Enthalpy Change of Neutralization (Hn) Hn when 1 mole of water molecules are formed when an acid (H+) reacts with an alkali (OH-) under STP Neutralizations are ALWAYS exothermic (-H) + ( )+ ( ) 2 ( )

You Try A 25.0 g sample of an alloy was heated to 100.0C and placed in a beaker containing 90.0g of water at 25.32C . The temperature of the water rose to a final value of 27.18C. Neglecting heat losses to the room and the heat capacity of the beaker itself, Calculate the specific heat of the alloy. You Try Assuming no heat loss to the surroundings or to the container, calculate the final temperature

when 100g of silver at 40.0 C is immersed in 60.0 g of water at 10.0 C. The specific heat capacity of silver is 0.236 JgC You Try When sulfuric acid dissolves in water, a great deal of heat is given off. The enthalpy change for this process is called the enthalpy of solution. To measure it, 175 g of water was placed in a coffee-cup calorimeter and chilled to 10oC. Then 49.0 g of pure sulfuric acid, also at 10.0oC was added, and the mixture was quickly stirred with a thermometer. The temperature rose rapidly to

14.9oC. Assume that the value of the specific heat of solution is 4.184 J/goC. You may assume that the specific heat of the resulting sulfuric acid solution will also be 4.184 J/goC. Calculate q for the formation of this solution, and calculate the enthalpy of solution in kilojoules per mole of H2SO4. Molar Enthalpy Change for a Reaction 1. 2. 3. 4.

5. 6. 7. 8. 9. Write equation for reaction Determine the limiting reagent Measure mass of aqueous solution Use calorimeter and measure initial temperature (probe should measure temp. every 30 seconds until a constant temperature is reached) Add other reactant and continue measuring temperature for

about 5 minutes after maximum temperature is reached Produce a temperature vs time graph (Excel) Look at cooling section of curve to extrapolate back to the point of introduction of reactant. Calculate the heat evolved in the experiment. Find the enthalpy change for the reaction Molar Enthalpy Change for a Reaction 50.0 cm3 of 0.200 mol dm-3 copper (II) sulfate solution was placed in a polystyrene cup. After 2 minutes 1.20 g of powdered zinc was added. The temperature was taken every 30 seconds and the following graph was obtained. Calculate the enthalpy change for the reaction taking place.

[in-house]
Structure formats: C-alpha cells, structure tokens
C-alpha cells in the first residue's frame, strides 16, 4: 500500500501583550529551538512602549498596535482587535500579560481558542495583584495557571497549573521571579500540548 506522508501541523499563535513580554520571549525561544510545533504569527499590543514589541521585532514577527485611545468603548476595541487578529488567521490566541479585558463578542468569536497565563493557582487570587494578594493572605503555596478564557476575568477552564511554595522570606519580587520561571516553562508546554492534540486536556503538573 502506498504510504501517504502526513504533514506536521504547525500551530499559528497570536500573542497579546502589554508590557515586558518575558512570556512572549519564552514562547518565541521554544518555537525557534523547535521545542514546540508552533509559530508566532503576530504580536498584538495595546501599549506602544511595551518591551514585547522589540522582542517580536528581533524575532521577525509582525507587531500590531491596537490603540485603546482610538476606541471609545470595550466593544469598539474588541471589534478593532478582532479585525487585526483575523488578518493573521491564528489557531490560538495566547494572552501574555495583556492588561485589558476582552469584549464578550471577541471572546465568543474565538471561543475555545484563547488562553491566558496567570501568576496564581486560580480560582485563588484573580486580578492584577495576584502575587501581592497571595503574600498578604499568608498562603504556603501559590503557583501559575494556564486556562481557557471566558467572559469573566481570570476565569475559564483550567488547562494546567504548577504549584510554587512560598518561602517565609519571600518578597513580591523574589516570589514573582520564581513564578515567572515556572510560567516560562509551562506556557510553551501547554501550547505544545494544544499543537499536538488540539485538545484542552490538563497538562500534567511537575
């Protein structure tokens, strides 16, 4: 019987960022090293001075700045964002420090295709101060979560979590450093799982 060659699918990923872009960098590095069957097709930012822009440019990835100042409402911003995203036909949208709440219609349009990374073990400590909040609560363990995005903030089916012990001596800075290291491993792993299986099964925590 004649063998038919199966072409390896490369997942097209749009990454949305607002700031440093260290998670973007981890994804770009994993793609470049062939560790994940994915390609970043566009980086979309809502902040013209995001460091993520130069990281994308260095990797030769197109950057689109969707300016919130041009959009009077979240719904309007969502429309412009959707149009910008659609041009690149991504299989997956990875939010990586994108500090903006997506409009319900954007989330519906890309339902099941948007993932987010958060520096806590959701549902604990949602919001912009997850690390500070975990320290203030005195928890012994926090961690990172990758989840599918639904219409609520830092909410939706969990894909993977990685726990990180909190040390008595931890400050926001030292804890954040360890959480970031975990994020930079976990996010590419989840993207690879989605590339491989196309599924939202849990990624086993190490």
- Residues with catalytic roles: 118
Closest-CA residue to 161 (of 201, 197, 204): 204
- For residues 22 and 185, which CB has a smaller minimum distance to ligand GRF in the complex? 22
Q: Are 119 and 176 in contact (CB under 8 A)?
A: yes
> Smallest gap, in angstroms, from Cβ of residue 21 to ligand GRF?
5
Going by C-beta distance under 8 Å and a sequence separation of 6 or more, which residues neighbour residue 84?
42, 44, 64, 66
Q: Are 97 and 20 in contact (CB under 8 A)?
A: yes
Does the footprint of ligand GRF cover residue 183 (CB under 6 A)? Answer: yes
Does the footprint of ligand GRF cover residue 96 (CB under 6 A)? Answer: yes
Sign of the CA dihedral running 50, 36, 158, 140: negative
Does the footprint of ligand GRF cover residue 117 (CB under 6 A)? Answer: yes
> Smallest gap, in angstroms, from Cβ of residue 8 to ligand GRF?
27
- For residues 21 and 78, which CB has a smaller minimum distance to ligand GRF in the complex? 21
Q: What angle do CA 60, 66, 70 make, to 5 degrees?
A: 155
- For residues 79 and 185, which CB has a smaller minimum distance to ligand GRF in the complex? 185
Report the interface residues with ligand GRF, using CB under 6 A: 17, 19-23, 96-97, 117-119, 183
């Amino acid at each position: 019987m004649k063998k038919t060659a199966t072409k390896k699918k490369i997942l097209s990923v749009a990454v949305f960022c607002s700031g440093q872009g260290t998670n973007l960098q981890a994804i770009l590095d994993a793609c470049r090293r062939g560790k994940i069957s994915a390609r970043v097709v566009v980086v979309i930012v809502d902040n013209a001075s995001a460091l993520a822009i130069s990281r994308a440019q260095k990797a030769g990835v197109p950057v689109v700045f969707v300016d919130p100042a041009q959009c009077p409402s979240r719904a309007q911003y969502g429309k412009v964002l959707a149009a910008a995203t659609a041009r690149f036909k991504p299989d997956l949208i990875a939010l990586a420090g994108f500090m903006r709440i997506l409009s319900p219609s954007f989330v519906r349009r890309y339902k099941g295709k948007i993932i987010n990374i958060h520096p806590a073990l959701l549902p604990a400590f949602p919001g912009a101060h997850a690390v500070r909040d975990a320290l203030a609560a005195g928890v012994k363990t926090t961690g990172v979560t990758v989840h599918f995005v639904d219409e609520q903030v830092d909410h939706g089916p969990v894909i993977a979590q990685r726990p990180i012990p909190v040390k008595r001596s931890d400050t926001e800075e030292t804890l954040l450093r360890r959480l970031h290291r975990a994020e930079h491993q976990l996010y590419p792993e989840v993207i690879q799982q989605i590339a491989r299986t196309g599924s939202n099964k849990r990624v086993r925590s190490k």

Equation: CuSO4(aq) + Zn(s) ZnSO4(aq) + Cu(s) Determine Limiting Reagent: 50.0 cm3 1 dm3 0.200 mol 1000 cm3 1 dm3 = 0.0100 mol CuSO4 1.20 g Zn 1 mol 65.37 g LIMITING = 0.0184 mol Zn

Molar Enthalpy Change for a Reaction 50.0 cm3 of 0.200 mol dm-3 copper (II) sulfate solution was placed in a polystyrene cup. After 2 minutes 1.30 g of powdered zinc was added. The temperature was taken every 30 seconds and the following graph was obtained. Calculate the enthalpy change for the reaction taking place. Extrapolate from Graph: T = 27.5 17 = 10.5 C Calculate Heat: q = mc T = 50.0(4.18)(10.5) = 2194.5 J = 2.1945 kJ Calculate Change in Enthalpy:

H = kJ/mol = 2.1945 kJ/ 0.0100 mol = 2.19 kJ/mol Endo or Exo? ANSWER -2.19 kJ/mol STANDARD ENTHALPY CHANGE OF REACTION H = at standard conditions Temperature 25C/ 298K Pressure 100 kPa All species in standard states Standard enthalpy change of formation = Hf is the amount of energy change to form 1 mole of a compound from elements in standard states at 298 K and 100 kPa Standard enthalpy change of combustion = Hc is amount of

enthalpy change when 1 mole of a substance is completely combusted in oxygen under standard conditions. Data booklet Section 12 Hf for common compounds. Section 13 - Hc HOMEWORK Quick Questions pp 145 & 146